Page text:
By Monica Gleberman & Rachel Shapiro - April 3, 2013
With $1.6 million more in state aid expected for next school year, Smithtown schools Superintendent Anthony Annunziato said he is now proposing only tier one cuts to help eliminate the gap between revenue and expenditures for the upcoming school year.
At Tuesday night's Board of Education meeting, Annunziato said revenue for 2013-14 is now expected to be $224 million, with expenditures at $227 million. To remain within the state-mandated tax levy increase cap of 3.63 percent — which includes exemptions for certain costs — Annunziato said the district would have to cut at least $2.8 million.
Under the governor's earlier budget proposal, the school district was going to lose a lot of high-tax aid, which was reinstated in the adopted budget.
In the superintendent's most recent proposed budget, Annunziato is asking the board to consider tier one reductions that consist of increasing middle school class size to high 20s, changing sixth-grade PE from every day to every other day and reducing funding for the summer reading program by $40,000.
These projected cuts are down from earlier presentations where Annunziato included more severe cuts he called tier two and three. Now only being considered if the budget fails, tier two cuts include eliminating cocurricular activities, late buses and middle school sports. Tier three cuts would include eliminating electives, full-day kindergarten and going from a nine-period day to an eight-period day at the middle school and high school.
In an interview after the meeting, Annunziato said with state aid projections coming in higher than what the district budgeted for, he was able to remove a lot of programs from the cut list.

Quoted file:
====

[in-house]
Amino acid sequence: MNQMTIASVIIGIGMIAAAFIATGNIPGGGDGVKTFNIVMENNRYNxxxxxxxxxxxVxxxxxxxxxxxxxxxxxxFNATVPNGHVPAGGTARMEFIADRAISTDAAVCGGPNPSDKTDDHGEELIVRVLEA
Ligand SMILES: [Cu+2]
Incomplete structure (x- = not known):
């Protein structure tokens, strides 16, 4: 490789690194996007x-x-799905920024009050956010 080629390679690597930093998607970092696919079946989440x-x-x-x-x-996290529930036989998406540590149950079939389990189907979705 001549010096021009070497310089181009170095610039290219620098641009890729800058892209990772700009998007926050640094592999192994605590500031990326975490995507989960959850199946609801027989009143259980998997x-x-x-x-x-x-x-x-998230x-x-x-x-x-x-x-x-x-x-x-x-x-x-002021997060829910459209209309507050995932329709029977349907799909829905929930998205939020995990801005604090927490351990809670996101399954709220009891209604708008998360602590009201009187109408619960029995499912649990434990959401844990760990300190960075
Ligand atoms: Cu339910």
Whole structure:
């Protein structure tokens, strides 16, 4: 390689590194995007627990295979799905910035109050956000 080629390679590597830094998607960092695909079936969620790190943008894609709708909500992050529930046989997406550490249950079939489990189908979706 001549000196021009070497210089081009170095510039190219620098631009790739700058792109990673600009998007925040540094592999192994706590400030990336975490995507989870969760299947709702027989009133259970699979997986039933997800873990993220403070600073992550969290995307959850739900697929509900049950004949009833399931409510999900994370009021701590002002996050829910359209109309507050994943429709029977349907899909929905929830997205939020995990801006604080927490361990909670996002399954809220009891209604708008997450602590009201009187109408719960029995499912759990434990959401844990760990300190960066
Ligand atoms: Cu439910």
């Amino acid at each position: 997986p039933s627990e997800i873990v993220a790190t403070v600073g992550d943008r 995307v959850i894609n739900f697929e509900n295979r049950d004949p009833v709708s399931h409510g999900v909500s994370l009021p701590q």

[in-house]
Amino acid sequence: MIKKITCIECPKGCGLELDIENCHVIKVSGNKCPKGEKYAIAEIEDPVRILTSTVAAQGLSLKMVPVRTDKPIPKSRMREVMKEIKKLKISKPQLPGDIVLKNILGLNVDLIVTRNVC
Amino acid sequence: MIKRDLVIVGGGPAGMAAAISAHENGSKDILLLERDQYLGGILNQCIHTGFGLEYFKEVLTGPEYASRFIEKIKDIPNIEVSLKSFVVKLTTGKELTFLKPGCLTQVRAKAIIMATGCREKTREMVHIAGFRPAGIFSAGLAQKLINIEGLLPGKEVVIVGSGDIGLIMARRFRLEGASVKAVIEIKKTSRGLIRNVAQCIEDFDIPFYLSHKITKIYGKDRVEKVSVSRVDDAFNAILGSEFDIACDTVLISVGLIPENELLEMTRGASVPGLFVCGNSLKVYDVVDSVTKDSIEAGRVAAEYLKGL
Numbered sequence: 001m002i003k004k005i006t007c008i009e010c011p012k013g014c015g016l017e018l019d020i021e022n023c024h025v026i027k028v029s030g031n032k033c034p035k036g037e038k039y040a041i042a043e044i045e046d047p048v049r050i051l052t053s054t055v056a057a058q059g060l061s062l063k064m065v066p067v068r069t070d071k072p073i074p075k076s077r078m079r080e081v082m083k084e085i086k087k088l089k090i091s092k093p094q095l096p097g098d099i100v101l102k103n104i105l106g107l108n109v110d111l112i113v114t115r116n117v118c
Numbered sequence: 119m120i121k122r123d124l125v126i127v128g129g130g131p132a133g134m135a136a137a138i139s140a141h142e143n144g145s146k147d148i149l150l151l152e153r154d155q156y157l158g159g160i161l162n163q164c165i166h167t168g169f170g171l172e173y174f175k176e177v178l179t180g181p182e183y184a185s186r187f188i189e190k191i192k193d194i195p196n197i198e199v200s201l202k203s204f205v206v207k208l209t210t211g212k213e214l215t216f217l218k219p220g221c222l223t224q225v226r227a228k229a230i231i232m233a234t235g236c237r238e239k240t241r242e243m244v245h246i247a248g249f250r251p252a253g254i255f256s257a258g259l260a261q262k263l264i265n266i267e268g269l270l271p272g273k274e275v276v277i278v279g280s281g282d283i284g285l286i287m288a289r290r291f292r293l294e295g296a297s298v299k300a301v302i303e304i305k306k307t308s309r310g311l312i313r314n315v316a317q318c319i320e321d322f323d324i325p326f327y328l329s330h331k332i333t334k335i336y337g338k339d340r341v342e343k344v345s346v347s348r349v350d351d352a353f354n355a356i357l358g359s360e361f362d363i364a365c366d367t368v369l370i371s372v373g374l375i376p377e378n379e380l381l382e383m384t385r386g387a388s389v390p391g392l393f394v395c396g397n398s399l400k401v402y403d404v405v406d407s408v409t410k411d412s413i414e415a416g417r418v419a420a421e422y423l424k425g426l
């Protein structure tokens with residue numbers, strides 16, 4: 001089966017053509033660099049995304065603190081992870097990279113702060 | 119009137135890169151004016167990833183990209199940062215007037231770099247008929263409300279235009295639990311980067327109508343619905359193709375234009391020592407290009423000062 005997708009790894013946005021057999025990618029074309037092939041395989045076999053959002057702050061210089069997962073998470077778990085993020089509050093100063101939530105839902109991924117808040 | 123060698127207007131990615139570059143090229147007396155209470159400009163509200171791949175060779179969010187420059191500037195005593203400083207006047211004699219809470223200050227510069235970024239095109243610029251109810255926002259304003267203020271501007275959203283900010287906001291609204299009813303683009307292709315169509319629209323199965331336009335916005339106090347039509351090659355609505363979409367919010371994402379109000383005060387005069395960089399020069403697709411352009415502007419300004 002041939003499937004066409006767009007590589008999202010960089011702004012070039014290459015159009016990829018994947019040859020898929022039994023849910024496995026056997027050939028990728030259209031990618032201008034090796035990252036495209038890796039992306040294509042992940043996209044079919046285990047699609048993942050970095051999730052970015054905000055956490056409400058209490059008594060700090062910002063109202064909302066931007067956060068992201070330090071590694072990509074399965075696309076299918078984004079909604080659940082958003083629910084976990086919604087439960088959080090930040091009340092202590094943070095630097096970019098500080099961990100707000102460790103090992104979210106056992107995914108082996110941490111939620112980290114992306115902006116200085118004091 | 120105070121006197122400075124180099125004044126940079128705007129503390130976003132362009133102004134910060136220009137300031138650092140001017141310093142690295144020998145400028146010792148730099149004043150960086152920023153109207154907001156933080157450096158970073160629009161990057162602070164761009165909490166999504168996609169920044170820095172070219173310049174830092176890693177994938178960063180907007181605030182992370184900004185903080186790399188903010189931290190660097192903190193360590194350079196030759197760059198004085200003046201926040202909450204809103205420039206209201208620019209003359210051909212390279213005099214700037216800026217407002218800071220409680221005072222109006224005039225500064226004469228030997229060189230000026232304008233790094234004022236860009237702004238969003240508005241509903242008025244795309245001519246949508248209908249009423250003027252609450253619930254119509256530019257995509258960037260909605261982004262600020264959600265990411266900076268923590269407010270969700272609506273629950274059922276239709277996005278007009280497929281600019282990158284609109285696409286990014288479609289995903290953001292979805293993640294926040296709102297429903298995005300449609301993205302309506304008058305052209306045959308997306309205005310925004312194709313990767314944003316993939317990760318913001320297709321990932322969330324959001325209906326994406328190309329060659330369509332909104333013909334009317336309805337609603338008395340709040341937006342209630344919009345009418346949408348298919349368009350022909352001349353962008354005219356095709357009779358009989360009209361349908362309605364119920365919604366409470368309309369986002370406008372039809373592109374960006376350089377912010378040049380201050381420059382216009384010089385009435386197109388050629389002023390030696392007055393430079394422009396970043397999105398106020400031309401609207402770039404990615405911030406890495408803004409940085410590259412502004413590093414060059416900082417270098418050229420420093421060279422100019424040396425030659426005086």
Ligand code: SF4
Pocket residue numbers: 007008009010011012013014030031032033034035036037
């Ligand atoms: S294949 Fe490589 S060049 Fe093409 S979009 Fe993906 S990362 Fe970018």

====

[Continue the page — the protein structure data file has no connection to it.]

"The restoration of the high-tax aid means restoration of programs that we would normally have to eliminate in order to get to the property tax cap," Annunziato said. "We need to thank Senator Flanagan because I know he worked tirelessly to get the high-tax aid restored. It's encouraging and makes a big difference because you can see a lot of programs in tier two and three that will not be lost because of that money."
Although it's good news, Annunziato said the district will always be battling a deficit and must look at alternative ways to bring costs down, including the possibility of redistricting. Annunziato said he plans on discussing the possibility of redistricting in 2015-16 at the next board meeting on April 9 at 8 pm in the Joseph M. Barton building at New York Avenue.
Kings Park sees more
A short while ago, Kings Park schools were bracing for a loss of state aid next year. Instead, the school district will see an increase of about $124,000, Superintendent Susan Agruso said. The state restored about $600,000 it had cut from high-tax aid to the district.
"We're happy with at least a small increase," Agruso said in a phone interview.
The slight change means a lot to the small district, which will be able to keep its AP computer science class that the district was considering cancelling. Also, the district won't cut as many teachers as it had initially anticipated. The district was considering cutting 18 teachers and expects to have an updated number soon.
"We still have a deficit but it will be smaller so we're excited about that," Agruso said.
The district is not considering any program cuts. "If we lose staff, classes will be a little bit bigger," she said, but no programs will be cut.
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